How to transfer Classic Mac Pro Tools files to a modern computer without file corruption

How to transfer Classic Mac Pro Tools files to a modern computer without file corruption

Old Mac Pro Tools Sessions

In order to open old Pro Tools session files (from Mac OS8.x, 9.x, OSX 10.0-10.4, Pro Tools versions 1 to 5 with SD2 files ) in modern Pro Tools you need an old version of Pro Tools and save it, over several PT versions. Not everyone has access to old Mac computers that can run multiple old versions of Pro Tools. That is where we can come in to convert the old Pro Tools session files for you. But you must make sure the files' chain of custody is clean to prevent file corruption.

About Classic Mac files and how they are different

Classic Mac files should never leave the Mac HFS file system or they will be corrupted and no longer readable. Back in the Classic Mac days (1984-2002) Mac files were not required to have dot extensions to their file names to identify their file type. Instead they used the filetype and creator attributes. These were a set of 4 characters for each one that the OS would use to show the correct icon for a file, or to launch the right application when a file was opened directly from the desktop. Without them, an app cannot recognize a file and open it. These attributes are stored in what is called resource fork in the Mac HFS file system. While Macs of this era can connect to non-Macs computers file systems to transfer files through drive connections, FTP, SMB, these destination file systems (typically FAT32 or NTFS) did not recognize the resource fork, so when they are written from a Mac to these other file systems they are lost. This is why almost all Mac files of this era that were available over FTP or internet were either compressed in a .sit (Aladdin Stuffit) or .zip file. This compression preserves the resource forks of the files within. However, with the right tools, it is possible to restore the filetype and creator to Classic Mac files, and doing so will make most of them work again IF you know which ones to use, meaning you need to remember what app was used and you needed to know the filetype and creator attribute codes to apply. We can do some amount of file forensics to figure this out when it is unknown. However, besides the resource fork containing filetype and creator, some also contained other important data. In particular, Sound Designer II (or SD2) files contained the sample rate, bit depth, and length of the file. This was the default audio file format option in early versions of Pro Tools. When an SD2 file loses this meta data it will be impossible for Pro Tools to load the audio into its session file. A guessing game can be played to convert the SD2 files to WAV but then they must each be manually relinked in Pro Tools. With some sessions containing hundreds of audio files this is very tedious and we charge a premium for this service in comparison to SD2 files that relink with no issues.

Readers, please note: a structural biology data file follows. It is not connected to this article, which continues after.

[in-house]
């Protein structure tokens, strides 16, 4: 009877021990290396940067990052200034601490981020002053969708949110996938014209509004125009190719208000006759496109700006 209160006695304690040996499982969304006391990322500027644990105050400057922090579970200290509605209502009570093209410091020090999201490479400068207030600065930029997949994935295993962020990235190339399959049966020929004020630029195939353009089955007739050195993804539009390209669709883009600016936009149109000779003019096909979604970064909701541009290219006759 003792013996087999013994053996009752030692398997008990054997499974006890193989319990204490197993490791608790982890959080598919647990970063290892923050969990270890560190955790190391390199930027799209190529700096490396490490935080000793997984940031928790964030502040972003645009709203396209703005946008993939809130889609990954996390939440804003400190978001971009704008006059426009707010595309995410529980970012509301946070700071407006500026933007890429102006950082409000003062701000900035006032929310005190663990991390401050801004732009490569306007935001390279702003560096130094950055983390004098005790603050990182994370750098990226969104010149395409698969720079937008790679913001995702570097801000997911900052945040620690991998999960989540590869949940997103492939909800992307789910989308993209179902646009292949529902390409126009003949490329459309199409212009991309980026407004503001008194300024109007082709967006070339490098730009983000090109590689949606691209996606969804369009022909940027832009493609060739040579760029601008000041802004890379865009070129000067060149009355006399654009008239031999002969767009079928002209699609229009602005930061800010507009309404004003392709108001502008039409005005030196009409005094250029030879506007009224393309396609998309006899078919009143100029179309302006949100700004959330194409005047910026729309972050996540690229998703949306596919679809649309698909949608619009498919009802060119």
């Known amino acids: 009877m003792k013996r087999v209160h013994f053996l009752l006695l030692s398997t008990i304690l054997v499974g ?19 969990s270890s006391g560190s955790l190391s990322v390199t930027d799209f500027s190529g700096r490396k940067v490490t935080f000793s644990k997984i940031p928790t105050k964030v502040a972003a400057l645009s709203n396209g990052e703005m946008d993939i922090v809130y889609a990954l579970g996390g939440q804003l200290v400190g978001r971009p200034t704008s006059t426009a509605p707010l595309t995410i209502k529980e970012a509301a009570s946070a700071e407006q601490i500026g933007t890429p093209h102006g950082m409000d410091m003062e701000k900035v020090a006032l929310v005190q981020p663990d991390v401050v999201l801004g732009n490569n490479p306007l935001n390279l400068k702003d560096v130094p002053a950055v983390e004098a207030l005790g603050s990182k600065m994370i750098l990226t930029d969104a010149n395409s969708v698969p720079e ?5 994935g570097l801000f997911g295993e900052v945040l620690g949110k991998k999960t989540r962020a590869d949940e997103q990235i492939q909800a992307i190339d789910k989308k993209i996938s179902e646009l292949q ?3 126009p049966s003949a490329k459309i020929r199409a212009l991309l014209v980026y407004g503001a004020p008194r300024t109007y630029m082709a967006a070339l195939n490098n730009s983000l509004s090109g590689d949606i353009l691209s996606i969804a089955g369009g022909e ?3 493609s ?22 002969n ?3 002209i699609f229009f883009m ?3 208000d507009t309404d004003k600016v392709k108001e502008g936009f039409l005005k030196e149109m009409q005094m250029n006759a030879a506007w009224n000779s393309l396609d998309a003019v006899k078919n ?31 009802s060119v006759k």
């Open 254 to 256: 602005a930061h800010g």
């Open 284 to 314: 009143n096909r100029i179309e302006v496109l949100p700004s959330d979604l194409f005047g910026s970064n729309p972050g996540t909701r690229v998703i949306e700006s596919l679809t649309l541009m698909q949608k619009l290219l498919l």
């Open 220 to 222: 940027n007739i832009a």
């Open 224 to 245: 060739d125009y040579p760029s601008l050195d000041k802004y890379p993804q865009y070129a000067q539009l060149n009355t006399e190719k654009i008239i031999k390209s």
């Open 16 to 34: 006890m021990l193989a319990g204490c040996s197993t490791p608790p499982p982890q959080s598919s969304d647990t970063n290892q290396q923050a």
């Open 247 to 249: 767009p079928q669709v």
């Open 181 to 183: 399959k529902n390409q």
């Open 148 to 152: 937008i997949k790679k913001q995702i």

Classic Mac OS File Chain of Custody

What do we mean by "file chain of custody"? This is the journey the files have taken from the original computer they were recorded on to the computers here at Deep Signal Studios.

Here are a few examples of clean chains of custody that a Pro Tools session, Studio Vision, Emagic Logic or Cubase VST files with SD2 audio tracks can take:

  • A backup created between 1989 to 2004 on either Classic Mac (System 7.x, MacOS 8.x, MacOS 9.x) or OSX 10.0, to 10.3, and read by any MacOS (including OSX) from a CDR, DDS tape, DVD-ROM, external FireWire drive, or Mac HFS formatted USB drive (including USB Iomega Zip or Jaz) or other external USB hard drive like an orange LaCie drive, written with either Intel or PowerPC chipset, which is then zipped (.zip) or stuffed (.sit) on that same Intel or PowerPC Mac, and transferred over the internet or to a USB flash drive to end up at a large file transfer service.